Ever since Enrico Fermi posed the question, "Where is everybody?," we've been wondering why no intelligence has been detected beyond Earth. Making contact with an advanced civilization would indeed be humbling, but being alone in the universe would cause some serious soul-searching. As Svozil writes, we may not be alone, but we've been isolated from a galactic hypercivilization since interaction would be a lose-lose situation.[5] Contamination of human culture by an advanced civilization would cause widespread dissolution of human values and beliefs, while the advanced civilization would suffer from a backflow of individuals from Earth to the advanced population centers which would have negative consequences for the advanced civilization.[5]

Cover of the Fall 1953 issue (September 1, 1953) of Tops in Science Fiction

Science fiction has always examined metaphysical ideas.

It's quite likely that when we're visited by extraterrestrials, these would be intelligent machines and not biological creatures. It appears that even humans are on track to develop conscious machines before interstellar travel.

(Cover of the Fall 1953 issue (September 1, 1953) of Tops in Science Fiction by Frank Kelly Freas (1922-2005), via Wikimedia Commons

In the past, lives were "full of wonders, mysticism and miracles," but those times have passed since scientific explanations are now preferred.[5] Now, when we don't discern a cause for some phenomenon we tend to assume that a cause exists but science hasn't gotten around to finding it. Metaphysics will still motivate scientists to explore certain areas rather than others, as the recent surge in observational astronomy and string theory research has shown.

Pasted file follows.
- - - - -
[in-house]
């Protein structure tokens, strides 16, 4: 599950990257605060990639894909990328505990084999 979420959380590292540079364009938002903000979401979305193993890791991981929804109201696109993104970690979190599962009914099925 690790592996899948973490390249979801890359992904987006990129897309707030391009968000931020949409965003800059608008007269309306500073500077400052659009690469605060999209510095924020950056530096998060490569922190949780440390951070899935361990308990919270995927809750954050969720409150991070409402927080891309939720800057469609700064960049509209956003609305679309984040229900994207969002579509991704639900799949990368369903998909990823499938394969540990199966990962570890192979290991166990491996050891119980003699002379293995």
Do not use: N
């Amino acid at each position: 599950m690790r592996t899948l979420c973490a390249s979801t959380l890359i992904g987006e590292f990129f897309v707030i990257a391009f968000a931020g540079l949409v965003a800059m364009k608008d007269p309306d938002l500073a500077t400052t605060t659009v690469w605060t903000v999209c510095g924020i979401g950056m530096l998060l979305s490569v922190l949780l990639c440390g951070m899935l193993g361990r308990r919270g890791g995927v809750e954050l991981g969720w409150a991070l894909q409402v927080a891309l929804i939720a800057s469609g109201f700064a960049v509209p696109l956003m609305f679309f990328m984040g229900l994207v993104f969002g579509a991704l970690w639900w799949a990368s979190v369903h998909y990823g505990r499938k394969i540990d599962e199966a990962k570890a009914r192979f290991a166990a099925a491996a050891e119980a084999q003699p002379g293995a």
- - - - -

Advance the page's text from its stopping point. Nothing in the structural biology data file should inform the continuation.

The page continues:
1. "ortho-," Definition at the Online Etymology Dictionary.
  2. "meta-," Definition at the Online Etymology Dictionary.
  3. "para-," Definition at the Online Etymology Dictionary.
  4. Max Born, The Born - Einstein Letters, Correspondence between Max & Hedwig Born and Albert Einstein 1916/1955, Irene Born, Trans., The Born Einstein Letters, Macmillan. 1971. p. 158.
  5. Karl Svozil, "Theology and Metaphysics in Sombre, Scientific Times," arXiv, September 14, 2018.
  6. Nick Bostrom, "Are You Living in a Computer Simulation?," Philosophical Quarterly, vol. 53, no. 211 (2003), pp. 243‐255 (PDF File).
  7. Simulation Argument Website.
  8. A. M. Turing, "Intelligent Machinery, A Heretical Theory," Philosophia Mathematica, vol. 4, no. 3, (September 1, 1996, Posthumous Publication), pp. 256–260, https://doi.org/10.1093/philmat/4.3.256.